Roasted Cauliflower…in Risotto?

Yes! I know I’m in danger of seeming evangelical about roasted cauliflower at this stage but this little risotto recipe is not the work of a caulifundamentalist, I promise you.

Our weather in Dublin has been (surprise!) rather changeable of late and I always think a good risotto is a great dish for transitional seasons. It can be ultra comforting yet it’s easily brightened up with the use of spring and summer vegetables.

I happen to find stirring risotto quite therapeutic, as there really isn’t much to do but stand over it and stir for 20 minutes or so. Some people find this tedious while others have The Fear about risotto. As with everything, it’s a practice makes perfect kind of thing. But there’s definitely no need to mystify it either. My own risotto might not impress an Italian Mamma but it always goes a long way to cheering me up when I’ve had an bleurghsome day.

And, let’s be honest, with all of the cheese and butter that’s added at the last minute, you can’t really go wrong.

I was inspired by this recipe and used the spice mix from this recipe. It might sound bananas to put roasted cauliflower into risotto but this is honestly one of the yummier risottos I’ve made in awhile. I’d love if you gave it a go and let me know what you thought!

What you need for Roasted Cauliflower Risotto for 2 (easily doubled)

Don’t be put off by the long list of ingredients, they’re mainly spices. If you don’t have all of the spices for the cauliflower, use a mixture of cumin seeds and chilli flakes, salt and olive oil and you’ll be grand.

For the roasted cauliflower

1/2 a large head of cauliflower

1/2 teaspoon dried mint

1/2 teaspoon cumin seeds

1/4 teaspoon red chile pepper flakes

1/4 teaspoon cinnamon

1/4 teaspoon of ground ginger

1 pinch of sea salt

Olive Oil

1/2 a fresh lemon

For the risotto

Knob of butter

2 rashers of streaky bacon

1 small onion (or half a large onion)

1 clove of garlic

175g of arborio rice

50ml of dry white wine

750ml of hot vegetable stock (you can use chicken stock as well but I find it can be a little overpowering and prefer to use vegetable stock)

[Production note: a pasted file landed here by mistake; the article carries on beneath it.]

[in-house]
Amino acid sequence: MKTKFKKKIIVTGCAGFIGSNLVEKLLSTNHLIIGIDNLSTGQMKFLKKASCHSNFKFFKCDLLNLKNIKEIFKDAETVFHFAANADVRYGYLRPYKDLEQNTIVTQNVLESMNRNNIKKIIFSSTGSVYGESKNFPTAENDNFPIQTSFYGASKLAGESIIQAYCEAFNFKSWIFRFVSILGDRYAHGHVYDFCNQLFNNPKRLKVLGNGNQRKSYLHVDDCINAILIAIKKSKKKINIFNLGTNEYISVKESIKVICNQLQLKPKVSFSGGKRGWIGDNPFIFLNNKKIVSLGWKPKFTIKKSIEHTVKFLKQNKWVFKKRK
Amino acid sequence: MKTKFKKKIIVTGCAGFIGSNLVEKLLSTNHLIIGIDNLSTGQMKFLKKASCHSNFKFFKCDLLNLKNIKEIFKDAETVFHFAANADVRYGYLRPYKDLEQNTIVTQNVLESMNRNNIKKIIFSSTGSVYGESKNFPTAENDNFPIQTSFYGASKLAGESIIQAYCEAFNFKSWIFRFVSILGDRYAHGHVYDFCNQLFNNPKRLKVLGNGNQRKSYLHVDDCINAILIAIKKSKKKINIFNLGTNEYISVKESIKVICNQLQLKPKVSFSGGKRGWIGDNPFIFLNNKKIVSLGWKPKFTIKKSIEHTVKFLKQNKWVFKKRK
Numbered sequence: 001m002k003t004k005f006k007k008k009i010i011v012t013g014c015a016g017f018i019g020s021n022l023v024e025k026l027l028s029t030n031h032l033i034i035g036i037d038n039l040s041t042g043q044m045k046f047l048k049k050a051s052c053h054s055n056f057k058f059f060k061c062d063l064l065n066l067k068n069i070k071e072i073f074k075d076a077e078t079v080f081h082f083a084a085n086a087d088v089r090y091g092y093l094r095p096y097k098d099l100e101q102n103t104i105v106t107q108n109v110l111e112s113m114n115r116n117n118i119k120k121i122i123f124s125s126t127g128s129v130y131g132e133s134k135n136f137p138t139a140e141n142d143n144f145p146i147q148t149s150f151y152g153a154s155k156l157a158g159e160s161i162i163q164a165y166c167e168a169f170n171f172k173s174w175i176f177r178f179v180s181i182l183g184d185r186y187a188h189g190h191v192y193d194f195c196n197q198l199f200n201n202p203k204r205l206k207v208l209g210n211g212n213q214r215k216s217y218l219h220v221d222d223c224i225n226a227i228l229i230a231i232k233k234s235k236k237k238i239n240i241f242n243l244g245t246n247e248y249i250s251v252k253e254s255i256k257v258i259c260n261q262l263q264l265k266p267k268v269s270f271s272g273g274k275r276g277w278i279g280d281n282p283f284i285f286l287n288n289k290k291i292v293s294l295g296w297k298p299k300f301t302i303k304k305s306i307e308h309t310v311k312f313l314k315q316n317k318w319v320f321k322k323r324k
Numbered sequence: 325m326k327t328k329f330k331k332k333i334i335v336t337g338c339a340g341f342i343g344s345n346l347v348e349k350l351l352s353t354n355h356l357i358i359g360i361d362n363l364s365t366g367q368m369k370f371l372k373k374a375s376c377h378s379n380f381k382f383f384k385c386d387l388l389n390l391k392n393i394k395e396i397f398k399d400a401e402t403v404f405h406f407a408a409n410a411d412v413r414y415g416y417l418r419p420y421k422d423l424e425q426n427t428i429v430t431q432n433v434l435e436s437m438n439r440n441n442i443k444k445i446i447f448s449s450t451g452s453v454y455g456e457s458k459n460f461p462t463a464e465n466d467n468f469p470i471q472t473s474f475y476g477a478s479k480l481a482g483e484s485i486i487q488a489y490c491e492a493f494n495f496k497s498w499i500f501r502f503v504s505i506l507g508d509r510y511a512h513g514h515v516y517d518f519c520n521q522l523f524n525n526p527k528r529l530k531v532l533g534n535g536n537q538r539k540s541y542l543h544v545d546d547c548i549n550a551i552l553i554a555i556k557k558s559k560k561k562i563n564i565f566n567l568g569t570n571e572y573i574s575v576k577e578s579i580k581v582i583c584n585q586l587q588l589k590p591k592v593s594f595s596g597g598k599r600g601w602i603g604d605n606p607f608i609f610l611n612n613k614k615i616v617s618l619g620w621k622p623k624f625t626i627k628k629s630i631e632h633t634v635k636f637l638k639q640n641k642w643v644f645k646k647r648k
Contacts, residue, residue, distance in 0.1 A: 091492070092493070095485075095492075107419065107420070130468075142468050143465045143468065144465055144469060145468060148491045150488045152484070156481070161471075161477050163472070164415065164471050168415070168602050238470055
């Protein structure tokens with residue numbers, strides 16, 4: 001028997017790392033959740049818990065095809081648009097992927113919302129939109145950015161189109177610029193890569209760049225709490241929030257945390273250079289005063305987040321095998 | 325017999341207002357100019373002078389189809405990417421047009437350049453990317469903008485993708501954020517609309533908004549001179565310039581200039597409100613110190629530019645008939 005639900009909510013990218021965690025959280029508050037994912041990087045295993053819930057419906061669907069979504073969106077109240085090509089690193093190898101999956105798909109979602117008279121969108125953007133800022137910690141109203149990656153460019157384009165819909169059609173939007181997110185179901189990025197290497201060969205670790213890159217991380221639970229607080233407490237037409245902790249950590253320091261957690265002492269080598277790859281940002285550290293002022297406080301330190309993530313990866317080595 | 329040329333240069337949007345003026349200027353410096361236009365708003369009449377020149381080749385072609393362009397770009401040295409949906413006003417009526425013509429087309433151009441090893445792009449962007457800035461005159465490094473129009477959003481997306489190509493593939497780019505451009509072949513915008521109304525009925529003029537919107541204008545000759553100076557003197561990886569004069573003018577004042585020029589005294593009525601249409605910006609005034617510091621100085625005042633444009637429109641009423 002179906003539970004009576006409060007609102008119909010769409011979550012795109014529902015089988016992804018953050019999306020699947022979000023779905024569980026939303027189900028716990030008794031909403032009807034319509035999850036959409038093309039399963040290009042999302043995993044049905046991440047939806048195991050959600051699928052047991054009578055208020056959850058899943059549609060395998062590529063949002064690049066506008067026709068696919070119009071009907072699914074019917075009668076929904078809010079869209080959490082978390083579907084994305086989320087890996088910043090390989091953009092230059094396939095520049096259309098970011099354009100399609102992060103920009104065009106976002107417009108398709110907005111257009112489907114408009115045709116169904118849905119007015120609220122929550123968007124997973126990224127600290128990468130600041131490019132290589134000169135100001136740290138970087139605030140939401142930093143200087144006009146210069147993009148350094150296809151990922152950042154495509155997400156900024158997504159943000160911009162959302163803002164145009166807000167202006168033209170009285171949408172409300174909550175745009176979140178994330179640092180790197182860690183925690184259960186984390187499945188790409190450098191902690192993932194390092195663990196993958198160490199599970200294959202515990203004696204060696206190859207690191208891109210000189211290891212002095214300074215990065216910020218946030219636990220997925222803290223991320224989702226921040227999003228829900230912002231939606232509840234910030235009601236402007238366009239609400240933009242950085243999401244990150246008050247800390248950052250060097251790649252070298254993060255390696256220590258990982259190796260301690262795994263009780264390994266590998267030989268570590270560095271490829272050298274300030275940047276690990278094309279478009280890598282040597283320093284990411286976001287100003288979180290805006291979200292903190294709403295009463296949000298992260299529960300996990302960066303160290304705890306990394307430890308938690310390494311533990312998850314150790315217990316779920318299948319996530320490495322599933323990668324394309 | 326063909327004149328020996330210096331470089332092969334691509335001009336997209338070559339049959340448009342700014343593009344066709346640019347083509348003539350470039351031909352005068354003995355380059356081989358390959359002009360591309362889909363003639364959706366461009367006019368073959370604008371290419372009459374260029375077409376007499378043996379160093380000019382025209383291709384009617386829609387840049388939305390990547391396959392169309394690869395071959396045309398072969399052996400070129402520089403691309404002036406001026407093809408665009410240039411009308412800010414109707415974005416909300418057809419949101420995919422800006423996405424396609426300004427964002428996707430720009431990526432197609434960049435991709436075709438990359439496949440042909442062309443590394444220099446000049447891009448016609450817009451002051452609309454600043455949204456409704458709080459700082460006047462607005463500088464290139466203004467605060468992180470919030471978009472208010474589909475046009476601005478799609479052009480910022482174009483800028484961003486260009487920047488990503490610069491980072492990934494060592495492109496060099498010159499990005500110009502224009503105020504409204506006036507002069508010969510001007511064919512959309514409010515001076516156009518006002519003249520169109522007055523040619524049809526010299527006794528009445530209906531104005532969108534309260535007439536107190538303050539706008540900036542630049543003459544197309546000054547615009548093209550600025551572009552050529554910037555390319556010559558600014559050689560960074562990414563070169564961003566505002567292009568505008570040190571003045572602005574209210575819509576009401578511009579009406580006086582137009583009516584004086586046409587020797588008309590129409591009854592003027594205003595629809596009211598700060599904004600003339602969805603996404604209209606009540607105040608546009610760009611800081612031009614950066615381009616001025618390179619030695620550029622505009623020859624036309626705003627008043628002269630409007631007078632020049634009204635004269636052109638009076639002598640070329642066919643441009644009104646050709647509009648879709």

Parmesan Cheese

Start by pre-heating your oven to 200C/180C fan/Gas Mark 6.

Prepare your cauliflower by washing the half head and cutting it into bite-sized florets. Lay out in a roasting dish and sprinkle over the mint, chilli, cumin, cinnamon, ginger and salt. Give the lemon half a squeeze over the cauliflower.

Drizzle with a good bit of olive oil (two tablespoons or so) and mix everything well so the spices are evenly coating the florets. Pop into the oven for 20 to 25 minutes, until the cauliflower has gone a beautifully golden colour.

Meanwhile, prepare you risotto. Heat about a tablespoon of butter in a large frying pan over a medium to high heat. Chop the bacon into cubes and finely dice the onion and garlic clove. Fry them in the melted butter for five minutes, stirring, until the bacon has browned and the onion has softened. 

Meanwhile, put your hot vegetable stock in a saucepan next to the frying pan and bring it to a gentle simmer. 

Add the risotto rice to the frying pan and mix well. Now add a ladelful of hot vegetable stock into the rice. Stir until the ladelful of stock has completely dissolved. Repeat until your stock is finished or the rice has become oozy and has a bit of bite when you taste it. (Here’s Jamie Oliver’s basic risotto recipe if you want more information.)

When the rice has reached its optimum texture, mix in a good handful of finely grated Parmesan cheese and a teaspoon of butter.

Your cauliflower should be ready at the same time. Mix two thirds of the cauliflower into the risotto and serve it in bowls with the leftover roasted cauliflower florets piled on top. Oh, and sprinkle with a little more grated Parmesan just for good luck. 


My buddy Alan put up this amazing collaboration between Ólafur Arnalds and Nils Frahm on his blog Bitzl R earlier this week. It’s called a2 and I hope you like it as much as I do.

Categories: Dinner, Lunch Tags:


  1. Lovely stuff, very under-rated vegetable is cauliflower. That tune is fantastic btw.

    • Isn’t it? Just discovering that myself this year. I’ve really taken to it with the help of roasting. So delish! Thinking of making cauliflower crisps next. And the song is great too :)

  2. I’m not a cauli fiend but love the music…carried away by it early in the morning…

  3. It’s a great spice mix. Definitely give it a go, even the most hardened of caulihaters can be turned by the roasting method, I’m sure of it :)

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